What is acute kidney failure?
Acute kidney failure happens when your kidneys suddenly lose the ability to eliminate excess salts, fluids, and waste materials from the blood. This elimination is the core of your kidneys’ main function. Body fluids can rise to dangerous levels when kidneys lose their filtering ability. The condition will also cause electrolytes and waste material to accumulate in your body, which can also be life-threatening.
Acute kidney failure is also called acute kidney injury or acute renal failure. It’s common in people who are already in the hospital. It may develop rapidly over a few hours. It can also develop over a few days to weeks. People who are critically ill and need intensive care have the highest risk of developing acute kidney failure.
Acute kidney failure can be life-threatening and requires intensive treatment. However, it may be reversible. If you’re in good health otherwise, recovery is possible.
What are the causes of acute kidney failure?
Acute kidney failure can occur for many reasons. Among the most common reasons are:
- acute tubular necrosis (ATN)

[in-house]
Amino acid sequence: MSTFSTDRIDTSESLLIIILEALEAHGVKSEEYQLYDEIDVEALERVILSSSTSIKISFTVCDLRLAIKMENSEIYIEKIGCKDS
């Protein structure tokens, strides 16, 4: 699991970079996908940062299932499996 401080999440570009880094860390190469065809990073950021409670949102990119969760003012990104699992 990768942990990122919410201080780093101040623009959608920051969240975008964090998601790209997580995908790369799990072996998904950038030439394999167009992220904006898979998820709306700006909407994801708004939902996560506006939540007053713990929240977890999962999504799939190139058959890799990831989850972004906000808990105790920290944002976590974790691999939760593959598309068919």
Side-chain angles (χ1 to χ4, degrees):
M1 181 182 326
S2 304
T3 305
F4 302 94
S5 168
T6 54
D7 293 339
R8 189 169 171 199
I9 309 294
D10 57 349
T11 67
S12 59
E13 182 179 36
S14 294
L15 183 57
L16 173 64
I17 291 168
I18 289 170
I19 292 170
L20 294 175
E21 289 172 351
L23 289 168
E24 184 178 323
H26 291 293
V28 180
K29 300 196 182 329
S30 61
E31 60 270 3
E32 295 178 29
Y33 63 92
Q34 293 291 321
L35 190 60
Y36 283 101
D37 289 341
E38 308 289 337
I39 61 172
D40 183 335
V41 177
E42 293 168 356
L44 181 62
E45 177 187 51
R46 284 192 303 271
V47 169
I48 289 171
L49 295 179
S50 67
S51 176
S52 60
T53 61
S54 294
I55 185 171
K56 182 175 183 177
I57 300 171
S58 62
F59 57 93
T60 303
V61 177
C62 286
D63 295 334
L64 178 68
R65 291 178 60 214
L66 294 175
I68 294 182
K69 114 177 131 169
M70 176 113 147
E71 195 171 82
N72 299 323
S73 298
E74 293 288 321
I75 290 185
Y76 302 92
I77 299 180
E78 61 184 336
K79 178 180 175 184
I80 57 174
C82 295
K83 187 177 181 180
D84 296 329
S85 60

- severe or sudden dehydration
- toxic kidney injury from poisons or certain medications
- autoimmune kidney diseases, such as acute nephritic syndrome and interstitial nephritis
- urinary tract obstruction
Reduced blood flow can damage your kidneys. The following conditions can lead to decreased blood flow to your kidneys:
- low blood pressure
- septic shock
- serious illness
Certain disorders can cause clotting within your kidney’s blood vessels, and this can lead to acute kidney failure. These conditions include:
- hemolytic uremic syndrome
- idiopathic thrombocytopenic thrombotic purpura (ITTP)
- malignant hypertension
- transfusion reaction
Some infections, such as septicemia and acute pyelonephritis, can directly injure your kidneys.
Pregnancy can also cause complications that harm the kidneys, including placenta previa and placenta abruption.
What are the risk factors for acute kidney failure?The chances of acquiring acute kidney failure are greater if you’re an older person or if you have any of the following long-term health problems:
- liver disease
- diabetes, especially if it’s not well controlled
- high blood pressure
- heart failure
- morbid obesity
If you’re ill or being treated in a hospital’s intensive care unit, you’re at an extremely high risk for acute kidney failure. Being the recipient of heart surgery, abdominal surgery, or a bone marrow transplant can also increase your risk.